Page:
Funding to Enhance STEM Activities, Hire Literacy Coaches

On May 2, voters in the Kent ISD region will be asked to approve a 0.9 mill tax for local school districts, generating $211 per student to maintain programs, improve services and meet other needs. School News Network is offering information on what the millage means for each of the 20 districts in the Kent ISD. Today we focus on Lowell Area Public Schools. SNN spoke with Superintendent Greg Pratt.

How much revenue would your district gain from the millage in the first year?
Just over $800,000

What would you spend that increased revenue on, and how would this help your students?
“We’d like to hire literacy coaches to make sure students read at grade level by the end of third grade,” Pratt said. “We would also set aside money to add science, technology, engineering and math activities at the high school, and for technology to make sure all students have access equally.”

Superintendent Greg PrattIf the millage were to fail, what changes or cuts would you have to make next school year?
“The pressure would probably be in those areas where we provide interventions such as reading, primarily in grades K-6,” Pratt said. “I’m not saying we won’t try to do everything we can” to keep those programs as they are now, “but we just don’t know, with state changes for at-risk dollars (and) the governor’s proposed budget still unclear.” If the enhancement millage fails, he said, “it really puts pressure on us to keep those things in place.”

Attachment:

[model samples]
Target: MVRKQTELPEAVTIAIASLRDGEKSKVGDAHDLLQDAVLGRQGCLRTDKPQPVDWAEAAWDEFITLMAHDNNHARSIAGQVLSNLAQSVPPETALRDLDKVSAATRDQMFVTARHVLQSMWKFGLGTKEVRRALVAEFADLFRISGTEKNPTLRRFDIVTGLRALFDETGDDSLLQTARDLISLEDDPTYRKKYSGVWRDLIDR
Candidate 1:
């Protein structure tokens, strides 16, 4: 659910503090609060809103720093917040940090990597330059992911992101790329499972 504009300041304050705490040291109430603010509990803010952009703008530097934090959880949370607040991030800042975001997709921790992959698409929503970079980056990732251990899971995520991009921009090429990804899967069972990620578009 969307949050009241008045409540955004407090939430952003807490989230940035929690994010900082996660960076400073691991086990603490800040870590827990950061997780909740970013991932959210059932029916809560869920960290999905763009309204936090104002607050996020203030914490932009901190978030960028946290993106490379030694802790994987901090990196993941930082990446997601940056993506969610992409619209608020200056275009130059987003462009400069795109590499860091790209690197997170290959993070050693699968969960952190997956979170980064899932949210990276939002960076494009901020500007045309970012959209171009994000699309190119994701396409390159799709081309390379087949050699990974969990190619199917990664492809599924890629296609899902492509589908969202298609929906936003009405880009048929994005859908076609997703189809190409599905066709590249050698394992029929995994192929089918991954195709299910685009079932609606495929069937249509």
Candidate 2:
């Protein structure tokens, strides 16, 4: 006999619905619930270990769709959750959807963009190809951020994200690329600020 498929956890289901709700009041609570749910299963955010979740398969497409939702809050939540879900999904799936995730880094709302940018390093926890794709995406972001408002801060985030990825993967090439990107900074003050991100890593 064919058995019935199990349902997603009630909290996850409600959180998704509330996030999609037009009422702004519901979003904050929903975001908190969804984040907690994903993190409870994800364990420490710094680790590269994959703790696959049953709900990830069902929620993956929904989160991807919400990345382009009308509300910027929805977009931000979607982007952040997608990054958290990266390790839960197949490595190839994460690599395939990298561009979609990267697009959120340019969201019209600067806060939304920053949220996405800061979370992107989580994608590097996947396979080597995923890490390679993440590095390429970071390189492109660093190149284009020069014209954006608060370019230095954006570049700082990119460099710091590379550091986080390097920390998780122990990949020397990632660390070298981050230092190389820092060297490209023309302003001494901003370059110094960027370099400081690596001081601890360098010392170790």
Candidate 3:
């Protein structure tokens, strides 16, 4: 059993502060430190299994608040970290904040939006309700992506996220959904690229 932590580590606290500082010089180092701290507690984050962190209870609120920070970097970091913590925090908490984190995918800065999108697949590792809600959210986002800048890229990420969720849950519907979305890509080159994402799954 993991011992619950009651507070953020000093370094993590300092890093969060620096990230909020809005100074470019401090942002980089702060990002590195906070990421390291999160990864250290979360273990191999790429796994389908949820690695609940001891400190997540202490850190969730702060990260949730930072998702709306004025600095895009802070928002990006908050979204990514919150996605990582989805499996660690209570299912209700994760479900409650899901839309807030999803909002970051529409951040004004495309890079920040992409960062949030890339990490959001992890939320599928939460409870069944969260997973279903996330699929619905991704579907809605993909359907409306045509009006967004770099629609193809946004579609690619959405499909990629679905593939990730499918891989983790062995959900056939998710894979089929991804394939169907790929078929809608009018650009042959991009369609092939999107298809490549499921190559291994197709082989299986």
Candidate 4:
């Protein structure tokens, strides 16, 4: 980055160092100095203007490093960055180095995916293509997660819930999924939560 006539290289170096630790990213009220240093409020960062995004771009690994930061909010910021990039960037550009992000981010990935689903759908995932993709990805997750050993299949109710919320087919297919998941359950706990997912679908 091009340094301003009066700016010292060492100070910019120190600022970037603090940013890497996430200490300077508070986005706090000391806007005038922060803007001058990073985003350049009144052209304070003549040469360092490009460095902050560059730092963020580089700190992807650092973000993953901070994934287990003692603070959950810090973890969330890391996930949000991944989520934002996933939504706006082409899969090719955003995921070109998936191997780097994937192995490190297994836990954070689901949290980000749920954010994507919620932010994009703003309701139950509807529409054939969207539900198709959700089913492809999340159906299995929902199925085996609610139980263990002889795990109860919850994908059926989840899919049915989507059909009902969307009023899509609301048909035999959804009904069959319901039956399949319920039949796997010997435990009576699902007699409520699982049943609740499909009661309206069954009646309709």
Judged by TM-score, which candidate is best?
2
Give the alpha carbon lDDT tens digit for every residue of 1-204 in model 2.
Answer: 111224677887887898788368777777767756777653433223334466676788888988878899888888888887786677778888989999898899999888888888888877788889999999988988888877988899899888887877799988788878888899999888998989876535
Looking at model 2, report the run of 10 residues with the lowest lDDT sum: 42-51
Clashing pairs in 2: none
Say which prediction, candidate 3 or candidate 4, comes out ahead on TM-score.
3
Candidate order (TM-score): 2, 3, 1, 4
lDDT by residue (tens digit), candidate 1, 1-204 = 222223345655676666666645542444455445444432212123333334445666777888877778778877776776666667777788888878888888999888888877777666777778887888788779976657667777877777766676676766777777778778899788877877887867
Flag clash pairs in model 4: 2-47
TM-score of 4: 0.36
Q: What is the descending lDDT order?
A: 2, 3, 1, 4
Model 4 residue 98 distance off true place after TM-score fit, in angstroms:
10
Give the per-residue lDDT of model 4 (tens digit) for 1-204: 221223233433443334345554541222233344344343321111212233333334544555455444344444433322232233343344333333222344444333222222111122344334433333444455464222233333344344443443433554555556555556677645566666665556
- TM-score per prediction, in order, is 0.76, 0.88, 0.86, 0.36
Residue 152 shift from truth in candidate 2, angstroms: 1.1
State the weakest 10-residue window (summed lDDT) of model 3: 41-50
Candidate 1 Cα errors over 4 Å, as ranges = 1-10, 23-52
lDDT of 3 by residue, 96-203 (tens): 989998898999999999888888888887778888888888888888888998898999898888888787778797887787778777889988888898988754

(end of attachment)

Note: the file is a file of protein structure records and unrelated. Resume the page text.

What objections have you heard, if any, from your community, and what is your response?
“If there is any objection, it’s from those who just don’t want to see any increase in their taxes,” he said. “The majority of the feedback has been very positive.”

Pratt added that some community members have asked for clarification about why this is a Kent ISD millage, and specifically, why can’t the district ask for it?

“It’s been crucial to explain that the district can ask for bonds to build and maintain our buildings, but that this (enhancement millage) is the only avenue that can increase our daily expenditures in the classroom,” he said.


Strong Schools Strong Communities

Morgan Jarema
Morgan Jarema is a Grand Rapids native and a product of Grand Rapids Public Schools, including Brookside and West Leonard elementaries, City Middle/High School and Ottawa Hills. She found her tribe in journalism in 1997 and has never wanted to do anything but write. For 15 years she was a freelance journalist for The Grand Rapids Press, covering local schools and government, religion, business, home & garden and lifestyles. She and her husband, John, think even those without kiddos should be invested in their local schools and made to feel a part of them.


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